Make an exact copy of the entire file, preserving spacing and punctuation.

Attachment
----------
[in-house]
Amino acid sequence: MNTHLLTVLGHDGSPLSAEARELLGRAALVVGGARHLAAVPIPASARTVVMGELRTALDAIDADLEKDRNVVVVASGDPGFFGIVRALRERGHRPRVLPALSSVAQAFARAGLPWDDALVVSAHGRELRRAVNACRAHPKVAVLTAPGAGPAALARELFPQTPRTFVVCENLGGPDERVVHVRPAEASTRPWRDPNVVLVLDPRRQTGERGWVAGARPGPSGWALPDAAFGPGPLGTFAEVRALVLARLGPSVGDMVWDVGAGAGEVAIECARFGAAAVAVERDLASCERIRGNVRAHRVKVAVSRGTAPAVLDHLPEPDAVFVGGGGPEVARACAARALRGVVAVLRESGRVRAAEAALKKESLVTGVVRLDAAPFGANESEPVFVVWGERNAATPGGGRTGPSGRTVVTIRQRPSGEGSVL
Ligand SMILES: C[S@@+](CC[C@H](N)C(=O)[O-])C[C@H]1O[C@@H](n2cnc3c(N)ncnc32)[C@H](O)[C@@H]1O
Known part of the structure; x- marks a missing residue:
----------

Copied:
[in-house]
Amino acid sequence: MNTHLLTVLGHDGSPLSAEARELLGRAALVVGGARHLAAVPIPASARTVVMGELRTALDAIDADLEKDRNVVVVASGDPGFFGIVRALRERGHRPRVLPALSSVAQAFARAGLPWDDALVVSAHGRELRRAVNACRAHPKVAVLTAPGAGPAALARELFPQTPRTFVVCENLGGPDERVVHVRPAEASTRPWRDPNVVLVLDPRRQTGERGWVAGARPGPSGWALPDAAFGPGPLGTFAEVRALVLARLGPSVGDMVWDVGAGAGEVAIECARFGAAAVAVERDLASCERIRGNVRAHRVKVAVSRGTAPAVLDHLPEPDAVFVGGGGPEVARACAARALRGVVAVLRESGRVRAAEAALKKESLVTGVVRLDAAPFGANESEPVFVVWGERNAATPGGGRTGPSGRTVVTIRQRPSGEGSVL
Ligand SMILES: C[S@@+](CC[C@H](N)C(=O)[O-])C[C@H]1O[C@@H](n2cnc3c(N)ncnc32)[C@H](O)[C@@H]1O
Known part of the structure; x- marks a missing residue: